Worldwide DCS market back on growth path through 2008

Dedham, MA—The worldwide market for distributed control systems (DCSs) is expected to grow at a close to 4% compound annual growth rate (CAGR) and reach almost $12 billion by the end of 2008, according to recent research by the ARC Advisory Group.

By Control Engineering Staff December 21, 2004

Dedham, MA— The worldwide market for distributed control systems (DCSs) is expected to grow at a close to 4% compound annual growth rate (CAGR) and reach almost $12 billion by the end of 2008, according to recent research by the ARC Advisory Group.

‘The DCS market has returned to recovery and ARC has scaled up our growth estimates to almost 4% compounded annual growth between 2003 and 2008. This is admittedly a conservative estimate, and growth over the five-year period could be even greater if recovery persists through the end of 2004, which seems a likely scenario,’ says Larry O’Brien, ARC research director and author of its ‘DCS Worldwide Outlook.’ ‘The factors contributing to future growth far outweigh the negative factors. These positive factors also appear to be global and far-reaching trends that will continue throughout the next several years.’

Services aid growth
Once taken for granted, automation services are now becoming a mainstay for automation suppliers in the face of declining hardware revenues. Users are realizing that even in-house services have a cost and, in some cases, they have to pay a premium for them. Increasingly they are outsourcing more and more of these service functions to automation suppliers. Automation suppliers and users alike are still adjusting to this transition, but the end result could have a significant impact on manufacturers’ bottom lines, according to ARC’s study.

The report adds that service is the fastest growing segment of the automation market because the pools of engineering expertise formerly at major user companies have shrunk to critically low levels. Many automation services required during a factory’s lifecycle are no longer performed in house. Users are looking to the next logical choice for these services, which is the suppliers that provide the automation products, systems, and software that keep their plants running.

China growth
ARC adds that market growth in China through 2008 will remain the strongest of any geographic region. China continues to invest in basic industries and in constructing large integrated refining and petrochemical plants, power plants, and other key infrastructures in industries, such as cement and steel. China s GDP growth will reach 9.4% in 2004, with growth of 8.9% forecast for 2005. China’s demand for oil rose by 11.4% in 2003, making it the world’s second largest oil importer after the U.S. China’s oil demand is predicted to surge to 400 million tons in 2020, with an average increase of 12% per year.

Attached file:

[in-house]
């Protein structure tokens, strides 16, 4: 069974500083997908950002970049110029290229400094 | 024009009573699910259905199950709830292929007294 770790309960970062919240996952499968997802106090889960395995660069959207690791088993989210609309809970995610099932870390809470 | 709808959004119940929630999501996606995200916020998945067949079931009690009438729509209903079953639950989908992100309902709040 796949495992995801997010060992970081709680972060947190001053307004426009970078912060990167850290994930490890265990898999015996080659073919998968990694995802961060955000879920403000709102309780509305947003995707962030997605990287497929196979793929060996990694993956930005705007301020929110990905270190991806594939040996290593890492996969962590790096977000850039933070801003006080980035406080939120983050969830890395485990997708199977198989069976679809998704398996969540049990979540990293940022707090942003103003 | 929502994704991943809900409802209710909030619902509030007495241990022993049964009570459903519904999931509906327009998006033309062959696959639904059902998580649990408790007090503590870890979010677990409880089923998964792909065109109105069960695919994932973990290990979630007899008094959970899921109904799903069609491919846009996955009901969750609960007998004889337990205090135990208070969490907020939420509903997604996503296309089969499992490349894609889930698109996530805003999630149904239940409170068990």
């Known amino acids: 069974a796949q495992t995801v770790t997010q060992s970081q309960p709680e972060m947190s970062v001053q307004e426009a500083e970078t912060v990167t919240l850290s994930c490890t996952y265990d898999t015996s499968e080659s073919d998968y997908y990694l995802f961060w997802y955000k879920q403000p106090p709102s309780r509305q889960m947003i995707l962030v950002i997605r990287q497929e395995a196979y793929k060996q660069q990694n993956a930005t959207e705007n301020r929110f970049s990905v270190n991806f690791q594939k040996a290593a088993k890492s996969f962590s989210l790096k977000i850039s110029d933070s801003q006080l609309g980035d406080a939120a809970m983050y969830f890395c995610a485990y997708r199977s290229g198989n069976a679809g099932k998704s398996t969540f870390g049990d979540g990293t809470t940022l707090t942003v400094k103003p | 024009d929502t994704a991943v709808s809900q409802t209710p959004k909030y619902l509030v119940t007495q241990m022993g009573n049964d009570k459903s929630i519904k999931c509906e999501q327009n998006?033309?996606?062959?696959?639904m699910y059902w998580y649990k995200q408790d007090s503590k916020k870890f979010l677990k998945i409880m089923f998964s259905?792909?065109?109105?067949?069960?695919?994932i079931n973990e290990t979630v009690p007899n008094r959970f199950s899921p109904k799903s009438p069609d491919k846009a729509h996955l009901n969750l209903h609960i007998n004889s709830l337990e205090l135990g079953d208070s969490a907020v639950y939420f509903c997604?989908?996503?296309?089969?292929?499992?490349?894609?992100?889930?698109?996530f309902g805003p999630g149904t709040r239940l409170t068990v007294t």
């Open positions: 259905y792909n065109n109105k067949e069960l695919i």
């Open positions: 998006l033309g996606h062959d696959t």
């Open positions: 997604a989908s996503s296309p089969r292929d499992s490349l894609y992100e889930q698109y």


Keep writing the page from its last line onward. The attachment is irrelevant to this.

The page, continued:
U.S. productivity, output up
In the U.S., manufacturing productivity continues to climb with an increase of close to 7% in 2004’s second quarter (2Q04), compared to 2Q03. Non-durable goods manufacturing productivity increased close to 10% in 2Q04. While there is no way to measure the impact of advanced automation on productivity from these statistics, supplier results combined with increases in market activity for high value-added automation products and services shows that automation’s impact on productivity is significant.

However, as U.S. companies continue to increase capacity utilization, they move closer to the point at which plant expansions and modernizations must be made. Capacity utilization in the U.S. and Europe continues to increase, while developing markets in Asia, Latin America, and Eastern Europe continue to add significant amounts of capacity. Manufacturing output in the U.S. increased by 0.5% in August 2004. By then, U.S. manufacturing capacity utilization had increased to almost 77%, which was almost 4 percentage points above 2003’s levels. Many refineries are already stretched to the limit. Capacity utilization for U.S. industries in the crude stage of processing, for example, was at 85% in August 2004.

Migration vs. upgrading
At some point, users must choose to upgrade their existing control system or migrate to a new one. Sometimes, upgrades are not possible because the system has been phased out altogether, or the installed system is based on outdated architecture. ARC believes in migrating to a new system when the old one keeps users from taking advantage of a new business opportunity, or it poses an imminent threat of unscheduled downtime.

However, control system replacement is hard to justify. Usually, lower TCO and better ease of use don’t justify replacement. At best, you get a 25% cut in annual TCO, which is less than 2% of replacement costs. While the downtime threat of the existing system can be a major factor in the decision to migrate, the migration process itself can also cause interruption in process operations and is a major pain point for users wishing to migrate.

In addition, the market for process control systems has changed. Most DCSs used to be sold to new installations in heavy process industries, such as refining, petrochemicals, power, and pulp and paper. Today, reduced capital spending, a depressed economy, and more focus on getting more out of existing assets means that most systems sold are for replacement applications, according to ARC.

For more information on this study, go to: .

Control Engineering Daily News Desk
Jim Montague, news editor